Research has found that diabetes develops at an earlier age in people living with HIV than all other populations. Because HIV-positive people are living as long as those with a negative diagnosis, they have to deal with other morbidities relating to age, i.e. osteoporosis, heart disease, and for some, chronic metabolic diseases like diabetes. But a surprising figure emerged from a study published in the BMJ Open Diabetes Research and Care.
After analyzing data from the Medical Monitoring Project and from National Health and Nutrition Examination Survey, it was found that the prevalence of diabetes in HIV-positive adults was 10.3 percent, which is 3.8 percent higher than general populations. Among this number, under 4 percent had type 1 diabetes, 52 percent had type 2, and 44 percent had unspecified diabetes.
While age and obesity increases the prevalence of diabetes, data suggests HIV-positive are likely to develop type 2 disease at a younger age, even if they aren’t obese.
As Plus previously reported, low-grade systemic inflammation could also be an underlying factor in the development of type 2 diabetes among HIV-positive people on antiretroviral medications. According to researchers, HIV-positive people that developed diabetes had significantly higher baseline levels of two inflammatory markers (including high-sensitivity C-reactive protein) than those who didn’t develop the disease.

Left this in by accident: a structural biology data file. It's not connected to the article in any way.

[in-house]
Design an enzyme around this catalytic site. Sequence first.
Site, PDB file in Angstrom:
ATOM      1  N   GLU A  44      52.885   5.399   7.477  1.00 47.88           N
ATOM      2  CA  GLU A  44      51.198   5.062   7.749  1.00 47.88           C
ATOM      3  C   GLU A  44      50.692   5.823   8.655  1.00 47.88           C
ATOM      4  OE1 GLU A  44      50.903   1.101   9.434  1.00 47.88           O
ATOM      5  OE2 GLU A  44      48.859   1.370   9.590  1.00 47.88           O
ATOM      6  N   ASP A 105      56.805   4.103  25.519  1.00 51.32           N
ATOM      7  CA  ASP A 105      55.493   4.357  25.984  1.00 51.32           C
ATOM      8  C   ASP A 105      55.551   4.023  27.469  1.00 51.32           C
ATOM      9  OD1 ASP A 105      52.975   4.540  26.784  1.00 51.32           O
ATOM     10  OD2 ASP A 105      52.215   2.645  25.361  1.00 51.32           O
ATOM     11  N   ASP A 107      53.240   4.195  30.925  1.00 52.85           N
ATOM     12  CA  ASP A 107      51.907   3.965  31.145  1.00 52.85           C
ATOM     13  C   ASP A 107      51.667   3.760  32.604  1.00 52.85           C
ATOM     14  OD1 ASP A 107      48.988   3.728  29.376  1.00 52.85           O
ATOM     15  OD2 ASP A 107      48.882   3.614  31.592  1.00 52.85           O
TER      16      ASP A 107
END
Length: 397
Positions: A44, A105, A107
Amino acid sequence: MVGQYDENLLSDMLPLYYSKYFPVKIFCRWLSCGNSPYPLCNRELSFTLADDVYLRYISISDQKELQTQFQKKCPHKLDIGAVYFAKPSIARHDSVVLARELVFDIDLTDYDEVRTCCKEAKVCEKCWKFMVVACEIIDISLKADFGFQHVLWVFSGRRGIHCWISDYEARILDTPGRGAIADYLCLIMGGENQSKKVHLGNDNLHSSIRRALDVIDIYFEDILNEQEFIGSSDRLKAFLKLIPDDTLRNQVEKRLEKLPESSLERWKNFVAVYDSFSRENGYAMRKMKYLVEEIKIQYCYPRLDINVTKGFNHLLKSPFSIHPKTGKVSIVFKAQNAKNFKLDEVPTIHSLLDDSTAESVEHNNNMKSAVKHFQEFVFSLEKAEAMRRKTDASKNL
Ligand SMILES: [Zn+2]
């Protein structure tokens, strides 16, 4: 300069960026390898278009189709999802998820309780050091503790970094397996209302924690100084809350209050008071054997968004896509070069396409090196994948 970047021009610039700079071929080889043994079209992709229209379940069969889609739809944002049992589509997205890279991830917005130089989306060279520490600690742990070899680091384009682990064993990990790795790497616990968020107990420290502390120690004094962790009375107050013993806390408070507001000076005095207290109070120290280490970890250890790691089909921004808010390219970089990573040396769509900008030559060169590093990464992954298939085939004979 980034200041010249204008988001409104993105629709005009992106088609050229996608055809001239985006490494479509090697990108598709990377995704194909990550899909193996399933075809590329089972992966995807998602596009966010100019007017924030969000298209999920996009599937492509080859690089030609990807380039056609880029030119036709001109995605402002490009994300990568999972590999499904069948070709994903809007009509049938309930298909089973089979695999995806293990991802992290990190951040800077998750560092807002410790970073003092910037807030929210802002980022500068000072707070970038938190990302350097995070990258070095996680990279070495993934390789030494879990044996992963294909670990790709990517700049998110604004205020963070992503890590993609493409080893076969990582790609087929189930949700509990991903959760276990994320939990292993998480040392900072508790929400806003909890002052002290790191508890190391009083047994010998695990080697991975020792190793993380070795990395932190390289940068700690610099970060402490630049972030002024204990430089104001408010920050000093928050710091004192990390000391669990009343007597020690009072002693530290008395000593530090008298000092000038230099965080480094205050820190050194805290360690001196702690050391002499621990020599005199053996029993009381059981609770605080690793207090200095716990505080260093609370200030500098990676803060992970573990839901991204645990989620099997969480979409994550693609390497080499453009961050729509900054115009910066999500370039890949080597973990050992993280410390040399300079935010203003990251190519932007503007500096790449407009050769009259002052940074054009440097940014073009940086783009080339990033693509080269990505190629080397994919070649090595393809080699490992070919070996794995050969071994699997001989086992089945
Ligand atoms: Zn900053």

Additionally, strategies aiming to improve insulin sensitivities were shown to be less effective among HIV-positive people in prior studies, which makes it more dyer to improve monitoring and managing diabetes in the HIV-positive community. And frankly, the sooner the better.
According to the World Health Organization, the number of people with diabetes has risen from 108 million in 1980 to 422 million in 2014. Diabetes is a major cause of blindness, kidney failure, heart attacks, stroke and lower limb amputation. 1.5 million people died of the disease in 2012.
Editors note: A previous version of this piece mistakenly indicated the number of people living with diabetes was 108 million in 2014. That number was actually from 1980. Since then, the number has risen to 422 million worldwide.